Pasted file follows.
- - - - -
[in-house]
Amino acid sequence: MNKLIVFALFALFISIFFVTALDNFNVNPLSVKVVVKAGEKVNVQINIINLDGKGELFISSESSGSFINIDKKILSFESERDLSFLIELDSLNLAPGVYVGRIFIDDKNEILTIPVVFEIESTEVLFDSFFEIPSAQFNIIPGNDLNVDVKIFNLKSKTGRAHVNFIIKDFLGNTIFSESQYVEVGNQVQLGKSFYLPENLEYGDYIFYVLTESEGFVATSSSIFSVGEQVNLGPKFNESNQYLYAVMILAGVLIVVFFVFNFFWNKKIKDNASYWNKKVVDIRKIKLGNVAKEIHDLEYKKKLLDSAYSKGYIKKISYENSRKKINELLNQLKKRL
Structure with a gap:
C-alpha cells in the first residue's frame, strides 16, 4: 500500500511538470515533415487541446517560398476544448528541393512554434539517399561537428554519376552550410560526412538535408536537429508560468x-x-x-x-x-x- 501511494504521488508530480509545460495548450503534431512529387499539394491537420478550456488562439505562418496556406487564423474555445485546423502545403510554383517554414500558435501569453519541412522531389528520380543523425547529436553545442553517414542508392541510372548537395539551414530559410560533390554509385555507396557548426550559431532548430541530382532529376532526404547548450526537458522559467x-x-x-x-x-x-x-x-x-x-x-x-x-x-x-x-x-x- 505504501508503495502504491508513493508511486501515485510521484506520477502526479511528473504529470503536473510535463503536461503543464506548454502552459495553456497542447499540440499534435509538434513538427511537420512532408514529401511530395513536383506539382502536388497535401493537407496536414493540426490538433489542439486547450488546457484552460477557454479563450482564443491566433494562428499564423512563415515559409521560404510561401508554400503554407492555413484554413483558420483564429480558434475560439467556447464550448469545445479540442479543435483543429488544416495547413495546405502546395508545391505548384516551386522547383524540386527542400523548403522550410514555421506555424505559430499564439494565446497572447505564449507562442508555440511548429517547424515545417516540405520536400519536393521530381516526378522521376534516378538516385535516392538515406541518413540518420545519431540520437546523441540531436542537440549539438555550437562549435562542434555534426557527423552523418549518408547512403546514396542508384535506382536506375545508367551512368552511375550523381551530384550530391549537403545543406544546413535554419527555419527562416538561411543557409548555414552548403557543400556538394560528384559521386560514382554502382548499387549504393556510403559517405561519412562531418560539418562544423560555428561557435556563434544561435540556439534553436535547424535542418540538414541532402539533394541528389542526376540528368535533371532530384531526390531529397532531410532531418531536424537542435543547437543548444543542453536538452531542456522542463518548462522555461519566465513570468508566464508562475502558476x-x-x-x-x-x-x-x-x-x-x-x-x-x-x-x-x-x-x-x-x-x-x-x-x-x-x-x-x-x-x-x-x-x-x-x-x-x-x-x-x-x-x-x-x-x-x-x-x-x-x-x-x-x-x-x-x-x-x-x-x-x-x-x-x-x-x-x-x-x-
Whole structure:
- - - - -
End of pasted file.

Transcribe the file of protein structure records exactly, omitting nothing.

[in-house]
Amino acid sequence: MNKLIVFALFALFISIFFVTALDNFNVNPLSVKVVVKAGEKVNVQINIINLDGKGELFISSESSGSFINIDKKILSFESERDLSFLIELDSLNLAPGVYVGRIFIDDKNEILTIPVVFEIESTEVLFDSFFEIPSAQFNIIPGNDLNVDVKIFNLKSKTGRAHVNFIIKDFLGNTIFSESQYVEVGNQVQLGKSFYLPENLEYGDYIFYVLTESEGFVATSSSIFSVGEQVNLGPKFNESNQYLYAVMILAGVLIVVFFVFNFFWNKKIKDNASYWNKKVVDIRKIKLGNVAKEIHDLEYKKKLLDSAYSKGYIKKISYENSRKKINELLNQLKKRL
Structure with a gap:
C-alpha cells in the first residue's frame, strides 16, 4: 500500500511538470515533415487541446517560398476544448528541393512554434539517399561537428554519376552550410560526412538535408536537429508560468x-x-x-x-x-x- 501511494504521488508530480509545460495548450503534431512529387499539394491537420478550456488562439505562418496556406487564423474555445485546423502545403510554383517554414500558435501569453519541412522531389528520380543523425547529436553545442553517414542508392541510372548537395539551414530559410560533390554509385555507396557548426550559431532548430541530382532529376532526404547548450526537458522559467x-x-x-x-x-x-x-x-x-x-x-x-x-x-x-x-x-x- 505504501508503495502504491508513493508511486501515485510521484506520477502526479511528473504529470503536473510535463503536461503543464506548454502552459495553456497542447499540440499534435509538434513538427511537420512532408514529401511530395513536383506539382502536388497535401493537407496536414493540426490538433489542439486547450488546457484552460477557454479563450482564443491566433494562428499564423512563415515559409521560404510561401508554400503554407492555413484554413483558420483564429480558434475560439467556447464550448469545445479540442479543435483543429488544416495547413495546405502546395508545391505548384516551386522547383524540386527542400523548403522550410514555421506555424505559430499564439494565446497572447505564449507562442508555440511548429517547424515545417516540405520536400519536393521530381516526378522521376534516378538516385535516392538515406541518413540518420545519431540520437546523441540531436542537440549539438555550437562549435562542434555534426557527423552523418549518408547512403546514396542508384535506382536506375545508367551512368552511375550523381551530384550530391549537403545543406544546413535554419527555419527562416538561411543557409548555414552548403557543400556538394560528384559521386560514382554502382548499387549504393556510403559517405561519412562531418560539418562544423560555428561557435556563434544561435540556439534553436535547424535542418540538414541532402539533394541528389542526376540528368535533371532530384531526390531529397532531410532531418531536424537542435543547437543548444543542453536538452531542456522542463518548462522555461519566465513570468508566464508562475502558476x-x-x-x-x-x-x-x-x-x-x-x-x-x-x-x-x-x-x-x-x-x-x-x-x-x-x-x-x-x-x-x-x-x-x-x-x-x-x-x-x-x-x-x-x-x-x-x-x-x-x-x-x-x-x-x-x-x-x-x-x-x-x-x-x-x-x-x-x-x-
Whole structure: